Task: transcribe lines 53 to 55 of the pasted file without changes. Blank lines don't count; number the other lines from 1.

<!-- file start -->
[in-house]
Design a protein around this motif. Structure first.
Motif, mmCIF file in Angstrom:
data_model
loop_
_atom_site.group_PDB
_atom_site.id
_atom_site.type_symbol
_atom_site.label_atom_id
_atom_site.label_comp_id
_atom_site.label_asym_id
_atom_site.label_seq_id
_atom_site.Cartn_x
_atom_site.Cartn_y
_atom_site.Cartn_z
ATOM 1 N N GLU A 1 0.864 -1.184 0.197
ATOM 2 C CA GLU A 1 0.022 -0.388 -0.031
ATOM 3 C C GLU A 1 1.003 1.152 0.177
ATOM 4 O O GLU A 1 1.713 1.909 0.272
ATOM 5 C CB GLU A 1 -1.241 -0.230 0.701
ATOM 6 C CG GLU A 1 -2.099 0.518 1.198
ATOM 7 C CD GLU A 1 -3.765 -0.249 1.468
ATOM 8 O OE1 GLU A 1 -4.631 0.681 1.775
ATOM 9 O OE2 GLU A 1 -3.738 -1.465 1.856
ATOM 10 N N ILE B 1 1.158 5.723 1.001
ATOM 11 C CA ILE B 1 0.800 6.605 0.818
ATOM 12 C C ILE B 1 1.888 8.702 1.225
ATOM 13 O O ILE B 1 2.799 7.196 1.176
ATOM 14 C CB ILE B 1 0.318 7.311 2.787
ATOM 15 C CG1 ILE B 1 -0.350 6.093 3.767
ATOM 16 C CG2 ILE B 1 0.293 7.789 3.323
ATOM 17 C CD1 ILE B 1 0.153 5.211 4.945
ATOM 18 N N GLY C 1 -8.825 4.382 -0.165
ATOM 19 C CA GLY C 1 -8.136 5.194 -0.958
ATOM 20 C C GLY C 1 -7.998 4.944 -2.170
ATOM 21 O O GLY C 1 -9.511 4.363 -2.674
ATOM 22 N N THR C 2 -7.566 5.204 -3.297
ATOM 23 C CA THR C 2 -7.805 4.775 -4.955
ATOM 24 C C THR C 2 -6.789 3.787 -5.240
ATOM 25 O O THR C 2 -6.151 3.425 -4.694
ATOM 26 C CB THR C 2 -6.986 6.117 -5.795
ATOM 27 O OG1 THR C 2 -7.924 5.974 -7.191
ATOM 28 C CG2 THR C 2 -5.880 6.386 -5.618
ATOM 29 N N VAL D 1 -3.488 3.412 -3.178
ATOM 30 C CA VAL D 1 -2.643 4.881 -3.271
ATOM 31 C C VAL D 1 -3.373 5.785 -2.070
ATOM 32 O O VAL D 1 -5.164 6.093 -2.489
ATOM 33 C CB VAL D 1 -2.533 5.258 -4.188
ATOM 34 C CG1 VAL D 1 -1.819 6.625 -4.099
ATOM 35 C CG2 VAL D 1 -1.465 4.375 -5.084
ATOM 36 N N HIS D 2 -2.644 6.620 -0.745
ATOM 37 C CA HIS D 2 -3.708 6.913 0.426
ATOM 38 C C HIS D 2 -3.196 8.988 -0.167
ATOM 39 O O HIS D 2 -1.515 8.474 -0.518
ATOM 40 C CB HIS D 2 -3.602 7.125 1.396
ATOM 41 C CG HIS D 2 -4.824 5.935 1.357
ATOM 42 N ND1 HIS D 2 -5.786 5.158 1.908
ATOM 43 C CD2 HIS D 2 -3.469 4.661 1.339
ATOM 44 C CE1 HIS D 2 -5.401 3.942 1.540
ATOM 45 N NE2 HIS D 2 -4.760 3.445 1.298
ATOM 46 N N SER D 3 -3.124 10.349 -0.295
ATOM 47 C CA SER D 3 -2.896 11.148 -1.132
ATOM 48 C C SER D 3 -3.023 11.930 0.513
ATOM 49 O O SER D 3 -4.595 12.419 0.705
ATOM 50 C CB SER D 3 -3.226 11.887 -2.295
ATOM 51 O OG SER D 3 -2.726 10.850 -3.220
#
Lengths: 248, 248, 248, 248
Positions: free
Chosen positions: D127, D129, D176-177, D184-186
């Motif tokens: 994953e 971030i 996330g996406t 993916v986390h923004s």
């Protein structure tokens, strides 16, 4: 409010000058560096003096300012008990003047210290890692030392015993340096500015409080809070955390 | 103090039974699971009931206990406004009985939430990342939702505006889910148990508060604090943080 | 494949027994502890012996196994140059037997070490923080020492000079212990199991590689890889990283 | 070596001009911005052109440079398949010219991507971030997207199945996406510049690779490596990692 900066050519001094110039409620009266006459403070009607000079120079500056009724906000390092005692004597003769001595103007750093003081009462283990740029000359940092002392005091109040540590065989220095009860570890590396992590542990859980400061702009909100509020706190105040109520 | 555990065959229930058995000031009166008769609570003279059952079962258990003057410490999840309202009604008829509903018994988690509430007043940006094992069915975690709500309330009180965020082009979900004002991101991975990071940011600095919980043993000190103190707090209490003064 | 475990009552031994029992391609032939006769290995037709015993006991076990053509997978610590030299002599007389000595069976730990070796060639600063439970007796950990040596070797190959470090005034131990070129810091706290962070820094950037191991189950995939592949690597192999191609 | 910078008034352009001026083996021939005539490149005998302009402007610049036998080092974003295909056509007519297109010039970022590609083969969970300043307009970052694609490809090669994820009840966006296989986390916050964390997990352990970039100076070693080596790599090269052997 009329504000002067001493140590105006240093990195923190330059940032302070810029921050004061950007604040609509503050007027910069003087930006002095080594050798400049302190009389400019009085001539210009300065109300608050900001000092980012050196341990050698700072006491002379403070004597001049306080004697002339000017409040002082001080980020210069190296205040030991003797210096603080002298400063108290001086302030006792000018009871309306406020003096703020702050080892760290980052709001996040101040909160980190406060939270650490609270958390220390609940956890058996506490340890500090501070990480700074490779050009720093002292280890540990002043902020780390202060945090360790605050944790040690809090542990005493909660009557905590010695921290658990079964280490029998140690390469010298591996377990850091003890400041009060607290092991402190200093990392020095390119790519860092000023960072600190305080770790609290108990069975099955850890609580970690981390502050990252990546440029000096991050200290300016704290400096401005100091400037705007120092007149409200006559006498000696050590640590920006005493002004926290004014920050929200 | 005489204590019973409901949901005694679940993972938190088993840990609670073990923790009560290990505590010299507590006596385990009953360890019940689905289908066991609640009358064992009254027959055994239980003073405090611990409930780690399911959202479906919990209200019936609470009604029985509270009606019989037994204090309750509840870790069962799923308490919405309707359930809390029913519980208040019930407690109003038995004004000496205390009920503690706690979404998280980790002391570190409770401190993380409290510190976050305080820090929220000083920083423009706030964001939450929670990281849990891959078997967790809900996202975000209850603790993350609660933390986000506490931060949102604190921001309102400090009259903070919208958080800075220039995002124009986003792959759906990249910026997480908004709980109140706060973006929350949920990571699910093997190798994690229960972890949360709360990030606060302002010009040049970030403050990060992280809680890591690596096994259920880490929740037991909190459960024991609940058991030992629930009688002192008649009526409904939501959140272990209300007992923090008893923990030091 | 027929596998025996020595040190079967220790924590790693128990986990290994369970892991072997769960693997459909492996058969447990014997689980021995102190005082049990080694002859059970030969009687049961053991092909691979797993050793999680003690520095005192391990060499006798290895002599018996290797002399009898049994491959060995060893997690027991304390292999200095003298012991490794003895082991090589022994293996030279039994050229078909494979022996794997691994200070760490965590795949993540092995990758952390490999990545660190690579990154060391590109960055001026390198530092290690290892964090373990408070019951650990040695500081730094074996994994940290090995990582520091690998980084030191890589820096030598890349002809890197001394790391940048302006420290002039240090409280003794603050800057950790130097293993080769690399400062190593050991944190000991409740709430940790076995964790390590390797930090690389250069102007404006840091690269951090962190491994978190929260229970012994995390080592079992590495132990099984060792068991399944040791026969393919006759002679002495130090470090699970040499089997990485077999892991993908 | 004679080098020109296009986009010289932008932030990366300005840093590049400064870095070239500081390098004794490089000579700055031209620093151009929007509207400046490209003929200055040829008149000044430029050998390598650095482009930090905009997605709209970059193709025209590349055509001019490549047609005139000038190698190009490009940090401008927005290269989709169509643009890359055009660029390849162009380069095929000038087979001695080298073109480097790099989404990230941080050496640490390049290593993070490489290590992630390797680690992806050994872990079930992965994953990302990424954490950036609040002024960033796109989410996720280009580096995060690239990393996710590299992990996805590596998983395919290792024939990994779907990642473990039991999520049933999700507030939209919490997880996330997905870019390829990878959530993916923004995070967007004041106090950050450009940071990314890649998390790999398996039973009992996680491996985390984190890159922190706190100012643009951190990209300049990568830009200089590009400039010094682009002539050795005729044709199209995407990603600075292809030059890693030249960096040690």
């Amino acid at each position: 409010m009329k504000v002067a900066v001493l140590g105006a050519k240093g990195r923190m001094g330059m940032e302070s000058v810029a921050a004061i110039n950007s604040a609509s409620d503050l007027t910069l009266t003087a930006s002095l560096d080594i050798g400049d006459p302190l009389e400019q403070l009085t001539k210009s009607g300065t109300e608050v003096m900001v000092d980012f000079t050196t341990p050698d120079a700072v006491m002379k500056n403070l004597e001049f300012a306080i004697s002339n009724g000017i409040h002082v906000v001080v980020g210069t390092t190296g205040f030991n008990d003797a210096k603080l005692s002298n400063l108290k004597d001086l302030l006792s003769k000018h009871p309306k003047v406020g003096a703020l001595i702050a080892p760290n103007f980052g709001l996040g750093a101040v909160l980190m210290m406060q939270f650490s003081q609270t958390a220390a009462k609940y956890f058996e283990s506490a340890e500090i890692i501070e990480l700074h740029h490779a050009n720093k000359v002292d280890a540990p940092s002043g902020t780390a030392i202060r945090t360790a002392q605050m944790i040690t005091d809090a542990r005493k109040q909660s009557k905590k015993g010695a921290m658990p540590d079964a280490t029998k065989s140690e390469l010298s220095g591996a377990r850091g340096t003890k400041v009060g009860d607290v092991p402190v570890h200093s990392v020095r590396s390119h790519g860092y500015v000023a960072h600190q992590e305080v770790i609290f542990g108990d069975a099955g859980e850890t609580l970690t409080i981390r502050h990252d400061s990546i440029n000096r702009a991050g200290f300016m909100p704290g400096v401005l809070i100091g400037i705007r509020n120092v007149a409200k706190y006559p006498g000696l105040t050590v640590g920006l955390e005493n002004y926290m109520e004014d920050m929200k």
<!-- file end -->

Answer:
ATOM 38 C C HIS D 2 -3.196 8.988 -0.167
ATOM 39 O O HIS D 2 -1.515 8.474 -0.518
ATOM 40 C CB HIS D 2 -3.602 7.125 1.396